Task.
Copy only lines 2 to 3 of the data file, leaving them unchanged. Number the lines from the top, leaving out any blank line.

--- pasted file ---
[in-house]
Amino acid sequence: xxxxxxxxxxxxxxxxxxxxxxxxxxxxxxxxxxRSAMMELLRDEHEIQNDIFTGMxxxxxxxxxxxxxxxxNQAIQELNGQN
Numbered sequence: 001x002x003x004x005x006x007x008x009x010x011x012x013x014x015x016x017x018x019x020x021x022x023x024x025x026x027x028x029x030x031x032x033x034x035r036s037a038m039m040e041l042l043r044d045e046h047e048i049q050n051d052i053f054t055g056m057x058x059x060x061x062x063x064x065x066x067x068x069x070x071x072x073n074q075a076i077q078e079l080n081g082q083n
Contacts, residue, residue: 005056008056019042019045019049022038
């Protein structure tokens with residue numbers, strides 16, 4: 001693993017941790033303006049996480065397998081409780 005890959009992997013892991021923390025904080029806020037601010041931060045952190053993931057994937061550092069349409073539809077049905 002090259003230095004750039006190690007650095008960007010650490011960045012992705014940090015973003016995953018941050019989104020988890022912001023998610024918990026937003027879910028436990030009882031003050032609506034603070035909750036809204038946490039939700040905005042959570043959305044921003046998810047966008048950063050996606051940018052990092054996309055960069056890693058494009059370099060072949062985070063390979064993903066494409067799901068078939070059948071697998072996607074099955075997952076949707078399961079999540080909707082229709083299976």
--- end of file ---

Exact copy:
Amino acid sequence: xxxxxxxxxxxxxxxxxxxxxxxxxxxxxxxxxxRSAMMELLRDEHEIQNDIFTGMxxxxxxxxxxxxxxxxNQAIQELNGQN
Numbered sequence: 001x002x003x004x005x006x007x008x009x010x011x012x013x014x015x016x017x018x019x020x021x022x023x024x025x026x027x028x029x030x031x032x033x034x035r036s037a038m039m040e041l042l043r044d045e046h047e048i049q050n051d052i053f054t055g056m057x058x059x060x061x062x063x064x065x066x067x068x069x070x071x072x073n074q075a076i077q078e079l080n081g082q083n